"Poppy, you seem sullen. Is everything alright?"

She lifted her head to face Iroh.

"Not really. You had children, right?"

"A son."

"Did you, at any point, feel as if do I explain this feeling...had an emotional disconnect with your child?"

It was quiet for a moment, then Iroh gestured Poppy to follow him out toward the back room. Once there, door closed, Iroh offered her a chair.

"There were times when my son and me could not stand each other, so yes."

"What did you do?"

"I did everything I could. But we still fought."

A deep silence followed.

"Your son died, didn't he?"

Iroh began to cry a little bit.

"All before I could apologize for my actions and make amends. It was then that I knew I needed to change."

"Change? But Iroh, you're such a wonderful person."

Another deep silence. Iroh sighed, "What you must realize is that I was a different man then. It's because of the man I was that my son died so prematurely; he was barely eighteen."

After hearing what Iroh just said, Poppy was afraid to ask her new, slightly modified question, but then decided to ask it anyway: "What would you have done differently, looking back on it all?"

Iroh laughed thunderously.

"I actually never though of that!"


Three knocks on the apartment room door.

"Khan, do you have the rent?"

The man shuffled to the door, clutching the hundred gold pieces he needed to pay. He then opened the door, letting the landlady in.

"Here. Two months worth."

She took the money and then insisted she stay for a little while longer.

"To chat," she told him. Khan hated his landlady for this, but liked it at the same time; it allowed for the both of them to have a conversation with someone that could never judge them.

"Khan, you know what I like about you? You always pay your rent on time, even in advance! You still work for the police department?"

"Yes, as a detective like I have been. Though I only work if there's been a kidnapping or a disappearance, when I do work, I get good money."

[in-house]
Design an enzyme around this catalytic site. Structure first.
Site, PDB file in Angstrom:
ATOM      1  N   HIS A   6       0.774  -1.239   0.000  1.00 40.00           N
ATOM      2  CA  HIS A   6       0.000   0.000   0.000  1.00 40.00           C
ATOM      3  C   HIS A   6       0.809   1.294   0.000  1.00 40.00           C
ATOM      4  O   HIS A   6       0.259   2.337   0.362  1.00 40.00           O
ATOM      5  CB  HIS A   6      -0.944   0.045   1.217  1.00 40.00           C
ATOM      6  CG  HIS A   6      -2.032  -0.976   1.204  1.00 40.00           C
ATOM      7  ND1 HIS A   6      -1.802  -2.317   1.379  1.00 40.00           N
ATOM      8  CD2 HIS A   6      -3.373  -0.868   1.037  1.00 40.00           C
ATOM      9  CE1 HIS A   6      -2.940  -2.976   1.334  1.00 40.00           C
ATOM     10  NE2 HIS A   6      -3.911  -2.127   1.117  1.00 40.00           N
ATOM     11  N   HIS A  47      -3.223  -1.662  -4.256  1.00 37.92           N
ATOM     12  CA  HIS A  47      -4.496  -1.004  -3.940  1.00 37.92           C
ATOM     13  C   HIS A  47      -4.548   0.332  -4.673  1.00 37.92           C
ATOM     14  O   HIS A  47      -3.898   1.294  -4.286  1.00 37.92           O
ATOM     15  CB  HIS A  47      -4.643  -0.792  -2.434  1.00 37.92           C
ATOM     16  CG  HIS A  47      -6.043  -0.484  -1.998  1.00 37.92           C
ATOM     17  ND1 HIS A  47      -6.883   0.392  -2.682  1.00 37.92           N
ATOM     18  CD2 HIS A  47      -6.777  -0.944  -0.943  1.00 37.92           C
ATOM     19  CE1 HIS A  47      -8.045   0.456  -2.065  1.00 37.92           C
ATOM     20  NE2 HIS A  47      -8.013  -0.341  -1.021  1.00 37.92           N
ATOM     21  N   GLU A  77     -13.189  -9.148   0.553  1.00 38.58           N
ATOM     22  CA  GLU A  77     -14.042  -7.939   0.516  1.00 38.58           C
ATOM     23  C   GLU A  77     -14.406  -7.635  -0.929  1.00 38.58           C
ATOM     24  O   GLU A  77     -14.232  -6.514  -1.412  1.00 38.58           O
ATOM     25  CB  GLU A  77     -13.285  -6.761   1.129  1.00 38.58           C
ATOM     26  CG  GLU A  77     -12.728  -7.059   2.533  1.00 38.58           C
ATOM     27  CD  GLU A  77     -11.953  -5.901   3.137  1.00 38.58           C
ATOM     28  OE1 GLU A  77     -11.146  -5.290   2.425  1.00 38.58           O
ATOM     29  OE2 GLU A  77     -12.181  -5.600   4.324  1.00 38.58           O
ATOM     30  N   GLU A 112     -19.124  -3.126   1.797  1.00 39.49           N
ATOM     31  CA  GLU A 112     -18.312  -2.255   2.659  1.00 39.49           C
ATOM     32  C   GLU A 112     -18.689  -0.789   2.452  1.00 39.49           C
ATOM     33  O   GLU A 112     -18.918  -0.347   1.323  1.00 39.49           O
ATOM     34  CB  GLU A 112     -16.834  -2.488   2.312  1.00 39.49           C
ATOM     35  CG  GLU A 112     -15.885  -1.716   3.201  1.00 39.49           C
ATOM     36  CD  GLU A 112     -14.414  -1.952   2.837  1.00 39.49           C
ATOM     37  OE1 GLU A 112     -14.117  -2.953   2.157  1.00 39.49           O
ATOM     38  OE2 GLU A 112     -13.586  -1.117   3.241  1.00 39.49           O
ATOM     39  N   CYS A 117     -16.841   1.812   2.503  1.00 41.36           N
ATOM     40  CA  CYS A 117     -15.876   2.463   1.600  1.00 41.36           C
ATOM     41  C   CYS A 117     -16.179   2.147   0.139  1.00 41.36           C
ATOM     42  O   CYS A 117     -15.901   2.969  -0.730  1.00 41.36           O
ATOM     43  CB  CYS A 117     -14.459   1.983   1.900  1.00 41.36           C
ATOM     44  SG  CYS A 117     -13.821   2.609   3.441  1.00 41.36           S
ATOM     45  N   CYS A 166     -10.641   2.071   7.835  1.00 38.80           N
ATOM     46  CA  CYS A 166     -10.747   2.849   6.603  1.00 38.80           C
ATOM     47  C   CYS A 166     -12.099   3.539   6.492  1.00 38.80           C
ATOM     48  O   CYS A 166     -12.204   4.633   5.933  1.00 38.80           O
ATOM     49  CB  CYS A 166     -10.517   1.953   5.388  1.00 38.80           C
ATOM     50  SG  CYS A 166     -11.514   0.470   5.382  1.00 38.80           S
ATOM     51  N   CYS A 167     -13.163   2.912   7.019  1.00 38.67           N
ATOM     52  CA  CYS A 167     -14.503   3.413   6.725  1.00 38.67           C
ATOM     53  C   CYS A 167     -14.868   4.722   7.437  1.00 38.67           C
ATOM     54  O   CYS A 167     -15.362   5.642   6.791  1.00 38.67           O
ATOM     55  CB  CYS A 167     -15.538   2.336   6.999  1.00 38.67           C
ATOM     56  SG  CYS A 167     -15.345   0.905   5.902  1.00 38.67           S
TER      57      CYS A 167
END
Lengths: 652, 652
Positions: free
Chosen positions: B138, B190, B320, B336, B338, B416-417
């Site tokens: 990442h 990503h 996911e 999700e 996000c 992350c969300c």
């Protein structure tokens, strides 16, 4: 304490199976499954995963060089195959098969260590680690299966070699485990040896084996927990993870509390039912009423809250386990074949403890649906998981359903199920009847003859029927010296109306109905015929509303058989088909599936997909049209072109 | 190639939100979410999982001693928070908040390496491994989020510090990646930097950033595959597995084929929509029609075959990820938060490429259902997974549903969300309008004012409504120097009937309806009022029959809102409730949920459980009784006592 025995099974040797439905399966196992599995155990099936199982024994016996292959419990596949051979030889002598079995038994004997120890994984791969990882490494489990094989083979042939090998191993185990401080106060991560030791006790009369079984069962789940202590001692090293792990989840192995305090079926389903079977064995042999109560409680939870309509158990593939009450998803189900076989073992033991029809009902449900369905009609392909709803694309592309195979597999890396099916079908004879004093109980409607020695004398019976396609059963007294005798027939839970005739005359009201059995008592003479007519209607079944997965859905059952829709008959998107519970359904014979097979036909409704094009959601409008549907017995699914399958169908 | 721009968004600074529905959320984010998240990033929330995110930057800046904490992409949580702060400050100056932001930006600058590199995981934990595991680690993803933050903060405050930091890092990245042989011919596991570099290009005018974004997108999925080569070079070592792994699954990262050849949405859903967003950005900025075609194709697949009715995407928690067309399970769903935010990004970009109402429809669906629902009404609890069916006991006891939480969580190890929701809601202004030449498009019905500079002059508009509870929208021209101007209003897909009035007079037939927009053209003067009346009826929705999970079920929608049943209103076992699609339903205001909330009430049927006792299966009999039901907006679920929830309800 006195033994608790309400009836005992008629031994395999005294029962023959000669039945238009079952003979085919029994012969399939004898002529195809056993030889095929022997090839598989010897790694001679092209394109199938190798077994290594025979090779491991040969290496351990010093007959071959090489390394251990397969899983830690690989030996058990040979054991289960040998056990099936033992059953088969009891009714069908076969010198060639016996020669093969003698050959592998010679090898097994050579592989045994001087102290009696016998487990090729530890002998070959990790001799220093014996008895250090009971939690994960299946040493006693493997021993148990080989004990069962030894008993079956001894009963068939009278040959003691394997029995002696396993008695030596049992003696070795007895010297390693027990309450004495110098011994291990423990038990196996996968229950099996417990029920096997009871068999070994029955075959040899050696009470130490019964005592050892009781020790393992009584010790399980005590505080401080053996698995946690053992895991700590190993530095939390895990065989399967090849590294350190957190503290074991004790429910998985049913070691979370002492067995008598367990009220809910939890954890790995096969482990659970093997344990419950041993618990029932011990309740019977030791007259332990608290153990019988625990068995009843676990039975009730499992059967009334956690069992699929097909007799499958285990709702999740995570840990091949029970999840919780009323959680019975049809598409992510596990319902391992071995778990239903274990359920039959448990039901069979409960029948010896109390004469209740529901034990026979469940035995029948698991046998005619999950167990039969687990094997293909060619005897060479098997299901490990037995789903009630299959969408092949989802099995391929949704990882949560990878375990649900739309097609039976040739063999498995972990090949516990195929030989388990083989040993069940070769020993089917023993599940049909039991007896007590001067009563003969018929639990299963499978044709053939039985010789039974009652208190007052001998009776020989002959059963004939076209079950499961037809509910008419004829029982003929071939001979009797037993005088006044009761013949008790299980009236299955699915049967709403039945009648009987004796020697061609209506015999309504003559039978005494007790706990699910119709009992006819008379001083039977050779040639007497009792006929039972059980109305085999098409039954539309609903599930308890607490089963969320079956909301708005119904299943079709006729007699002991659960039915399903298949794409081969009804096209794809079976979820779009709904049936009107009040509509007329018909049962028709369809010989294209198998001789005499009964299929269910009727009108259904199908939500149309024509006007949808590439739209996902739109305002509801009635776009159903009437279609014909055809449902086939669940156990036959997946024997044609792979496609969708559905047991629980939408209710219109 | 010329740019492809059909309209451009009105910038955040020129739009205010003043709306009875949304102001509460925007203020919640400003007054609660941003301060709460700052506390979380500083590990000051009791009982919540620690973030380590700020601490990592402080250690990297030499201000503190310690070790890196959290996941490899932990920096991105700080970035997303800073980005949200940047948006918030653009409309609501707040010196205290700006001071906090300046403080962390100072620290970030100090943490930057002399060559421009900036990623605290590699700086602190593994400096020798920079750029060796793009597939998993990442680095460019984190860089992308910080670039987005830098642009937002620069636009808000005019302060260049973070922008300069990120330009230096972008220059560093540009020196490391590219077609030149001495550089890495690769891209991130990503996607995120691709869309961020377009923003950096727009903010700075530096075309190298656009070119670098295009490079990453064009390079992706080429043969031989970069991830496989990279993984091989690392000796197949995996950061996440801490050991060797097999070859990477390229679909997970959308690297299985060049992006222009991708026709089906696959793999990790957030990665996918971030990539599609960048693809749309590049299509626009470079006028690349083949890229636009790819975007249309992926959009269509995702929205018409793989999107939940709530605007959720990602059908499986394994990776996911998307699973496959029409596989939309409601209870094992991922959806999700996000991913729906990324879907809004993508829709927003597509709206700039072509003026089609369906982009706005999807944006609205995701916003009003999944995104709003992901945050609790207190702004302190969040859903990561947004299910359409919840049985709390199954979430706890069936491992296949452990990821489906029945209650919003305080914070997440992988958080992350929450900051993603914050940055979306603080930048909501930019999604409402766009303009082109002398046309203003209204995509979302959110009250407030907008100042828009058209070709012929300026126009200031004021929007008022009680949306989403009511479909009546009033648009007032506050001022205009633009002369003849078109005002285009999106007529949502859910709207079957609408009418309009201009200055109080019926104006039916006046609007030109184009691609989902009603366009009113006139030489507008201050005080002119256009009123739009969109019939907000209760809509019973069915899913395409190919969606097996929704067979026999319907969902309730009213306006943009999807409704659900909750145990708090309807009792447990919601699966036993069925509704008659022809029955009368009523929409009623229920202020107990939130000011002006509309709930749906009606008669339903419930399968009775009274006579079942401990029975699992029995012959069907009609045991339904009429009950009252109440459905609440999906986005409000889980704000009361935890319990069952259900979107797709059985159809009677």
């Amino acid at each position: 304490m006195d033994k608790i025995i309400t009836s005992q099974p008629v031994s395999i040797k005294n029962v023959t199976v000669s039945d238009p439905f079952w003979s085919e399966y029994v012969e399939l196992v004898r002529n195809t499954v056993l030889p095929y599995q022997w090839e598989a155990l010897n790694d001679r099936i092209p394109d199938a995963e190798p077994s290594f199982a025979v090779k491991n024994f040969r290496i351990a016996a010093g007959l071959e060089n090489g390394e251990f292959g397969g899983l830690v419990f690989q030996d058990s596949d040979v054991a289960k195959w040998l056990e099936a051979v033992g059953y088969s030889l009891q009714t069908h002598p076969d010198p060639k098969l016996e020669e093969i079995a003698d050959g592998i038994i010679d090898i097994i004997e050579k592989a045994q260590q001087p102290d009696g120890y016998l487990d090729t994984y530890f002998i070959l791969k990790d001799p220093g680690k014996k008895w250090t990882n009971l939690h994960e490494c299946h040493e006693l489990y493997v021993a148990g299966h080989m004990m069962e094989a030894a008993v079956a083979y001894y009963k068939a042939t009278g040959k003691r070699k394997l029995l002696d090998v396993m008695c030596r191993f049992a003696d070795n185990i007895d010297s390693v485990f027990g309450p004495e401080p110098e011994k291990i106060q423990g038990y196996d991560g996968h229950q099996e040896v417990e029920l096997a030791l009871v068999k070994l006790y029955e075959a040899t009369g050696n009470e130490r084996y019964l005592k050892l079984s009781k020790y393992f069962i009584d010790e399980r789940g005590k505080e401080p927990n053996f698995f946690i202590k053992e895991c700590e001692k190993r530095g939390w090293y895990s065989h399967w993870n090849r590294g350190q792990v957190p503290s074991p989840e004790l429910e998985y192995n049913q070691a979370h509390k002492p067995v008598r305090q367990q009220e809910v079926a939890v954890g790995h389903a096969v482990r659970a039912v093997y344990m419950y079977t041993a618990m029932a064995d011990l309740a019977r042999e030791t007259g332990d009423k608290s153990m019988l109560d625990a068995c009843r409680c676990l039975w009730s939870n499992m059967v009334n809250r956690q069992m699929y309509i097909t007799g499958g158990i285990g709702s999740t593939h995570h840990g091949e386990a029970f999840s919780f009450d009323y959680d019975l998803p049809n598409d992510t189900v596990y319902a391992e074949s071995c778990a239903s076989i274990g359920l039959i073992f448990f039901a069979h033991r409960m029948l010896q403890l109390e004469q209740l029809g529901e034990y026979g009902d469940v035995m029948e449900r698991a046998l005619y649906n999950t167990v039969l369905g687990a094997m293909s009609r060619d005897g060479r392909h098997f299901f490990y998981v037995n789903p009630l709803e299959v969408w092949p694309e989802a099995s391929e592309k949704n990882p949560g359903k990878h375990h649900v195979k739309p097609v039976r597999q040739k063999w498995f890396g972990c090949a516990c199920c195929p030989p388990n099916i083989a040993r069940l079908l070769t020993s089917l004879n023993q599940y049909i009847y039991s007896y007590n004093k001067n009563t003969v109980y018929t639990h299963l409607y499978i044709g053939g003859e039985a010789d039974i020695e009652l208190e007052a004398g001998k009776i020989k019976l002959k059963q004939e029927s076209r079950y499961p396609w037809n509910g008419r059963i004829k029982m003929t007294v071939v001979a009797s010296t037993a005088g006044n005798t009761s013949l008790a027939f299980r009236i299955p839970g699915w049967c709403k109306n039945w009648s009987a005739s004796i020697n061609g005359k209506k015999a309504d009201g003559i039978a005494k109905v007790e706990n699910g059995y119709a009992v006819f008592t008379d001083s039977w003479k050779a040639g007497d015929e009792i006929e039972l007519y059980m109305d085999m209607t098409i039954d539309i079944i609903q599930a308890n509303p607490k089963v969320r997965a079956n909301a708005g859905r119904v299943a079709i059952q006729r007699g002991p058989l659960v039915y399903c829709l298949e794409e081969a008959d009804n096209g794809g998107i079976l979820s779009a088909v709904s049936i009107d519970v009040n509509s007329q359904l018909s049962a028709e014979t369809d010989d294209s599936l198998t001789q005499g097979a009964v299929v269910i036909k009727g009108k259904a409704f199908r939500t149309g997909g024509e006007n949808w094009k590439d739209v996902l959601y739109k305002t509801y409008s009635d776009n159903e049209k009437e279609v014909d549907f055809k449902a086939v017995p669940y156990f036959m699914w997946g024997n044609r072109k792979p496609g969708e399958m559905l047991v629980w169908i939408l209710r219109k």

"Then why you staying here? Why not move to the Middle Ring?"

"Living in the Lower Ring is cheaper and it's closer to the cases I work on."

"I remember those days when you were never at the apartment, for months it seemed like."

"That was a rough case too. We actually had to get the homicide detective involved! A year and a half, it took."

"Oh, before I forget, how is she? Your friend, the little lady?"

"The gir—you mean Toph?"

"Of course! Yes, yes! She's been coming to your apartment almost every Tuesday for...I don't know how long now—"

"Two years."

"Wow! Impressive. I remember when you brought her here after she twisted her ankle. Wasn't that four years ago? Yes. How old is she now?"

"Sixteen. She'll be seventeen by spring."

They couldn't think of anything to say after that, especially the landlady. Then, she remembered something.



"One of the men in this complex told me that your name isn't 'Khan.' I thought it was a rather queer remark, seeing that, out of all the tenants, you're the most honest and the most likely to pay the rent when it's due."

"Why thank you."

"The man also said that you're a fire bender. Isn't that absurd?"

"Well...yeah...very. What's his name?"

"Guiren, I believe. He's new. Well, I must be off. Need to collect money from the others!"

She vanished.

"Guiren...Guiren...Oh no!"

He knew the name all too well. Guiren. A tall, tanned, man, with eyes that could pierce the soul, as well as flesh. One fierce warrior without a doubt! He almost lost his life fighting that man. Guiren. Khan thought about heeding the landlady's advice of moving to the Middle Ring, get out of this dreadful place. He'd definitely be closer to Toph, but would be that much farther from work.

Three knocks on the apartment room door.

"I'm coming!" Khan hollered. The man shuffled to the door, then opened it. He shouldn't have answered the door. He felt like a real idiot now.

"It's been a while! So, Khan, how has life been treating you?"